What Do Customers Need To Know Before Purchasing PV Panels?

There are several factors that installers will need to make customers aware of when deciding on the best PV panels for their property.
These include:
  • The outlay of panels
  • Cost of installation
  • Which PV panel is best suited to the property and roof space
  • The number of panels required
  • What planning permission may be required
  • What maintenance may be needed in the future
  • Whether there are any limitations to consider
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  • Is the roof type suitable?

A customer's roof will need to be in good condition before you can install PV panels on it. An old roof or one that shows signs of weakness may not have the structural strength to hold the PV panels safely. If this is the case, you’ll have to check the roof beforehand and advise the customer of any repairs or replacements that need to be performed before continuing with the installation.
Likewise, there will need to be a clear roof space to house several PV panels, ideally around 20 square metres. Also, the roof itself can’t be too shallow or too steep as both situations will greatly impact the overall effect of any PV panels installed. For best practice, a roof pitch between 30 and 45 degrees is ideal. Otherwise, you may need to discuss the option of installing angled frames to increase the pitch here. 
  • How many PV panels are required?

Your customer may want to fill their entire roof space or just add a few PV panels. The number required here will largely depend on their budget but also whether they want to rely solely on the electricity derived from these panels or whether they’ll want to be able to revert to the grid when necessary. A good way to help customers determine this number is by looking at their average wattage usage on their annual electricity bill.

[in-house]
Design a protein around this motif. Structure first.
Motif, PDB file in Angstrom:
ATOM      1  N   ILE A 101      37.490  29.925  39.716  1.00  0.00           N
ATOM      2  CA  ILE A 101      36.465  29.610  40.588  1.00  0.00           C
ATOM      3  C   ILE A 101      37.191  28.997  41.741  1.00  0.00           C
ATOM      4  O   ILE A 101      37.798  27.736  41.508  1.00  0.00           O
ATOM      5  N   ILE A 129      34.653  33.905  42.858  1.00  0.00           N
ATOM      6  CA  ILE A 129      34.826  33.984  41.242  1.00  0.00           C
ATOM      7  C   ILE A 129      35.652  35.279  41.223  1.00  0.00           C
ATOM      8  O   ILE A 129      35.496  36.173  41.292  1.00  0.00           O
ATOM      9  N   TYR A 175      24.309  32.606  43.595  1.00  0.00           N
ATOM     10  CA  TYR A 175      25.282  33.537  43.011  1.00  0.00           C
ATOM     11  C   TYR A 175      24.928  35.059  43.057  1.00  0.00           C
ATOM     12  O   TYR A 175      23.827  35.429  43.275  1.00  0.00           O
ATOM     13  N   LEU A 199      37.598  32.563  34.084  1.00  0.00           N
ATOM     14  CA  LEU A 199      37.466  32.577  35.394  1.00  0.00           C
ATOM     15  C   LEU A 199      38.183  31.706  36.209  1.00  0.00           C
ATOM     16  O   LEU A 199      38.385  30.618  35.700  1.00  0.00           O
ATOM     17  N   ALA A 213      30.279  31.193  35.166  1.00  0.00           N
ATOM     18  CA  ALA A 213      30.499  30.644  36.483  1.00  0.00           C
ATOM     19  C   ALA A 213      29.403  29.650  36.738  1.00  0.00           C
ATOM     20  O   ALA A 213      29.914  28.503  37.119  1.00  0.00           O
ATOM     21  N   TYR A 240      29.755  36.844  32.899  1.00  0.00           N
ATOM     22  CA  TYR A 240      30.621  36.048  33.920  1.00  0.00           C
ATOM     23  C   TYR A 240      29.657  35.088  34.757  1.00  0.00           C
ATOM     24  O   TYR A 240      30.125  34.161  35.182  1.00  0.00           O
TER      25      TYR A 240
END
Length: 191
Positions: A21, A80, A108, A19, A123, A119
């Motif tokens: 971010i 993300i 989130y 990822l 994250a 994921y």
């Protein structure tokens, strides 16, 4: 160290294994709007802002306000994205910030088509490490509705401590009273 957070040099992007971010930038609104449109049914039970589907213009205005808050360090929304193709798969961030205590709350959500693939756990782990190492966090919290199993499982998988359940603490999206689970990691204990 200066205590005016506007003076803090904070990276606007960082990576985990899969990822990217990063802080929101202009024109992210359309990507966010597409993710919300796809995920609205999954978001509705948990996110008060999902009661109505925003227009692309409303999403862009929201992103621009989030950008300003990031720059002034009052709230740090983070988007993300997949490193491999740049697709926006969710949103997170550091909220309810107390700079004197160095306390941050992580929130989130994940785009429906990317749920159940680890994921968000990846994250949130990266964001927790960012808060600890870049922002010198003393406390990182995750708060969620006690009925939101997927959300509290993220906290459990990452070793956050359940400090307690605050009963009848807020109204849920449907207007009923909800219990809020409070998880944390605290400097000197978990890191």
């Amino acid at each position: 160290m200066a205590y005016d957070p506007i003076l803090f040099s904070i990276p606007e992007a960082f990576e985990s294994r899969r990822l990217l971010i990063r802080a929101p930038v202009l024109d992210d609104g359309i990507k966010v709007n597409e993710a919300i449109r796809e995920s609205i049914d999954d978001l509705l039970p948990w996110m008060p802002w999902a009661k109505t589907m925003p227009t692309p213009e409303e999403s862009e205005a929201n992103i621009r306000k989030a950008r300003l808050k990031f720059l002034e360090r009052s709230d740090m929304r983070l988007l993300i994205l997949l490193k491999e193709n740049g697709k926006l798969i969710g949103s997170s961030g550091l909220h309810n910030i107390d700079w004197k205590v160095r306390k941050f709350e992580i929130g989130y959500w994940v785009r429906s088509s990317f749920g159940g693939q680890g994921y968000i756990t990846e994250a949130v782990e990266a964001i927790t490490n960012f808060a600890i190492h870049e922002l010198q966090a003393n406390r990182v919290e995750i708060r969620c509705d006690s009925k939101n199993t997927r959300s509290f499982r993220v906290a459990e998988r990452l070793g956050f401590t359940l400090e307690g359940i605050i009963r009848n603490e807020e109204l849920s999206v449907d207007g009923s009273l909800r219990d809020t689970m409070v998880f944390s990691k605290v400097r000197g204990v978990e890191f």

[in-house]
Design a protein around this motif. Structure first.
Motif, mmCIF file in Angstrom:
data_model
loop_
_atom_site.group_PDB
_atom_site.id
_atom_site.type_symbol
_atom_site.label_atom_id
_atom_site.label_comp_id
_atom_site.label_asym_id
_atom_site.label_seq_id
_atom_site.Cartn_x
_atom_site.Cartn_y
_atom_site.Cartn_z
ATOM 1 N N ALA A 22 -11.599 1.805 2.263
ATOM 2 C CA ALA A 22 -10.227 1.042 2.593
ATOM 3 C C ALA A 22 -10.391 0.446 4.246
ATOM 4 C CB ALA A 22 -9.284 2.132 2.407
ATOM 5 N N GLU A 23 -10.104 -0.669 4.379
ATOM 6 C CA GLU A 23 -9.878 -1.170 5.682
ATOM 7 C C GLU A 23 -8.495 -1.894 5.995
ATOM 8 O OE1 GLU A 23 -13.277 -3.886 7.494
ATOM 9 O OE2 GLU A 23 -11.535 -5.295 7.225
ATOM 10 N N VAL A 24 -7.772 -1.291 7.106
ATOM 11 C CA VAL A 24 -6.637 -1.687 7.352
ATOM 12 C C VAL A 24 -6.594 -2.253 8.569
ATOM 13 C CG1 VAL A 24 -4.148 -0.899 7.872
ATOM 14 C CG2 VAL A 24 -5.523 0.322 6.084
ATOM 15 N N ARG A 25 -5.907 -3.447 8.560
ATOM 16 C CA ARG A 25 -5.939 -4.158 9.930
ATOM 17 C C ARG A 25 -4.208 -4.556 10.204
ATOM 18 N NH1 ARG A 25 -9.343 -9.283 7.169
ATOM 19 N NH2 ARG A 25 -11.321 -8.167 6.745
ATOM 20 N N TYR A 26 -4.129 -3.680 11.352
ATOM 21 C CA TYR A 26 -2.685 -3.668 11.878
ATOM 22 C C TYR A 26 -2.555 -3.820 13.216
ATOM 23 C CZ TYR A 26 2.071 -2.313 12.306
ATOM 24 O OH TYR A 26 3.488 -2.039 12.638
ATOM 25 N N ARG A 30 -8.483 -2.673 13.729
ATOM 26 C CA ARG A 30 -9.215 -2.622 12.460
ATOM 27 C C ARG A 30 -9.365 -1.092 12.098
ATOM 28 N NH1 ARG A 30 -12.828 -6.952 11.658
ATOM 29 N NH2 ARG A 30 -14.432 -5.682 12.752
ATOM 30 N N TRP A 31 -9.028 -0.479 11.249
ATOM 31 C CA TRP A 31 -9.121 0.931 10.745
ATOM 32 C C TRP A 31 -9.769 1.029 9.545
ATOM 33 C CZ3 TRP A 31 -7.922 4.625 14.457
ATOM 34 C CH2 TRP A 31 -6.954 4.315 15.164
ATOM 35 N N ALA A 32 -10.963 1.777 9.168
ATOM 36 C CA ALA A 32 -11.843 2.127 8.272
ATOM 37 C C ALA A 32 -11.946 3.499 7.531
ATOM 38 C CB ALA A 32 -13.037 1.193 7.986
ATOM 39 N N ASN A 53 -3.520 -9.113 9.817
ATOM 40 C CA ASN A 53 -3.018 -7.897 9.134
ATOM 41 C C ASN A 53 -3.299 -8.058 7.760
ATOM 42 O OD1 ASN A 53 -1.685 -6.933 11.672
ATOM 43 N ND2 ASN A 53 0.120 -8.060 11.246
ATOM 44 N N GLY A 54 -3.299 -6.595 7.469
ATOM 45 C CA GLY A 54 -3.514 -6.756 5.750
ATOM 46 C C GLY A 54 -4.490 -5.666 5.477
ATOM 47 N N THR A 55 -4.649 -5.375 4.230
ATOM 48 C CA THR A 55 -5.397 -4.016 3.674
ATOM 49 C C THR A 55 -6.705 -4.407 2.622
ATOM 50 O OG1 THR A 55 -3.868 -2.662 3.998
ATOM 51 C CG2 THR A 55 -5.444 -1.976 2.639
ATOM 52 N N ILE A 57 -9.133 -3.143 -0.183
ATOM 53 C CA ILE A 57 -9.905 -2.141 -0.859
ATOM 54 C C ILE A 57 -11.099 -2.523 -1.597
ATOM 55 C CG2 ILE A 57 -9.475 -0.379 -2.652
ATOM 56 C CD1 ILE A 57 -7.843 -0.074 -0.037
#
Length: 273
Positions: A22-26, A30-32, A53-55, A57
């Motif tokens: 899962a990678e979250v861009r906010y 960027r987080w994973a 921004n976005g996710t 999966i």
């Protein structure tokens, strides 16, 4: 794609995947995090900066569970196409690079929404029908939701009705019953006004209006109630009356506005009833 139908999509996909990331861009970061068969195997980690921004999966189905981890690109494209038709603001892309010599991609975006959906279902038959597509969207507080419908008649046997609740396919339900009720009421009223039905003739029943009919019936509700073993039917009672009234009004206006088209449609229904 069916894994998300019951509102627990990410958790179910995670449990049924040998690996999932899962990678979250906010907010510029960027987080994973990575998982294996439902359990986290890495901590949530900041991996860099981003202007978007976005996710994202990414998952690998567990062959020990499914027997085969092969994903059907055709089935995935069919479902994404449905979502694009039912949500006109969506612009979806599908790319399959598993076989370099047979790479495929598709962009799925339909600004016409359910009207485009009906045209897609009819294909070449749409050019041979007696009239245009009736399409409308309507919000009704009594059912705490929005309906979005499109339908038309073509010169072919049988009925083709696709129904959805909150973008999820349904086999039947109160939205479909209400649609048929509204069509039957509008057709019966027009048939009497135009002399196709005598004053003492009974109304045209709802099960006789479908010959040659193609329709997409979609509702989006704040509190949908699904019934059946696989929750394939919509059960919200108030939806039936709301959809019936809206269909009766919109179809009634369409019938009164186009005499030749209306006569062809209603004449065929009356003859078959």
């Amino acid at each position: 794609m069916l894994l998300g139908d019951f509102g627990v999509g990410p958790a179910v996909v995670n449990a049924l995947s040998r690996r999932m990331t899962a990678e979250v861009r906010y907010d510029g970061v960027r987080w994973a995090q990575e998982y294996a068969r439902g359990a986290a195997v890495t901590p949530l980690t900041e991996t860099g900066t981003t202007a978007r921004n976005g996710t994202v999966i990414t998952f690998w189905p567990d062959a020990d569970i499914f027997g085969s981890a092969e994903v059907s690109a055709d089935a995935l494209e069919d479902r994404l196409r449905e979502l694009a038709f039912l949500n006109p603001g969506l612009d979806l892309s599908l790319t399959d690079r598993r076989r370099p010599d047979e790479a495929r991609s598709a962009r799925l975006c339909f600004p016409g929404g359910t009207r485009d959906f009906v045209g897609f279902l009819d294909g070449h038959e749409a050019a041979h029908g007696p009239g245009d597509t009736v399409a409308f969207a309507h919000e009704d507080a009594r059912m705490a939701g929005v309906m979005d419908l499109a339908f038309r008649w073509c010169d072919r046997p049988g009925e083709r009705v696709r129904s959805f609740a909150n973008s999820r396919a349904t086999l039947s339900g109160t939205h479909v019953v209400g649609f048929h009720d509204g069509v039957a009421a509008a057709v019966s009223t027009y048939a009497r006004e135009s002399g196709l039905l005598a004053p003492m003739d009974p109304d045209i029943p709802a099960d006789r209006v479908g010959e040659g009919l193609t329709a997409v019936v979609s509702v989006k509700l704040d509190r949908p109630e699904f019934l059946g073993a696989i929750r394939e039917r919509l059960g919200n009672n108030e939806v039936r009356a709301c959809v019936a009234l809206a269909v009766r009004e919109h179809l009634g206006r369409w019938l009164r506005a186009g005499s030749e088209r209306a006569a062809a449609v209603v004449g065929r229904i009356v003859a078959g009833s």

• Does the property pose any limitations?

Installers will need to consider whether there are any potential limitations facing properties when considering PV panels. As a guide, PV panels will work harder on a south-facing roof and at a 30-degree angle. Checking out the customer's property on Google Earth first will help determine their roof positioning. 
Another issue to consider is the potential shading around the property. Does the building receive an adequate amount of regular daylight to power the panels? Those properties that are shaded by trees, other tall buildings, and even chimneys may encounter issues here. Though PV panels don't have to have direct sunlight to work, they’re able to produce more energy at a greater capacity if positioned correctly. 
  • Is planning permission required for PV panels?

Though PV panels are classed as permitted developments, there may well be a few buildings and properties whereby you’ll need to check with the local authority before going ahead with a PV installation. This is especially so if the property has a listed building status, is part of a conservation area, or has a flat roof design.  
As an installer, you'll also need to ensure that the customer is made aware of the potential disruption around their property for several weeks as you complete the installation. With plentiful access needed for scaffolding, there'll need to be safe and secure access outside and around the immediate property for the work to be completed. 
  • Will PV panels require maintenance?

PV panels will require regular visual checks just to ensure that they continue to perform their best. Though this should be nothing more than a quick glance every so often, should any potential issues arise, this way they’re spotted and dealt with swiftly. 
Alongside a regular visual check, customers will also need to be made aware of the need to clean the panels around twice a year or when required. This is to remove any debris that’s naturally left behind by the appearance of leaves and rain on the panel's surfaces. 
  • What are the potential PV panel costs and installation costs?

When quoting a customer for PV panels, an installer should ideally ensure that this estimate accounts for a property to generate around 50% of its annual usage using these panels. Though figures will vary here regarding labour costs, a combination of both supplying and installing PV panels can vary with potential figures of anything from £6000 to £10,000.
Ultimately, the type of PV panel chosen will play a factor here, with thin-film the cheaper, and monocrystalline the more expensive, as will the number of panels required make a significant difference.  As a general guide, a single PV panel is priced around £200 to £400 at current rates.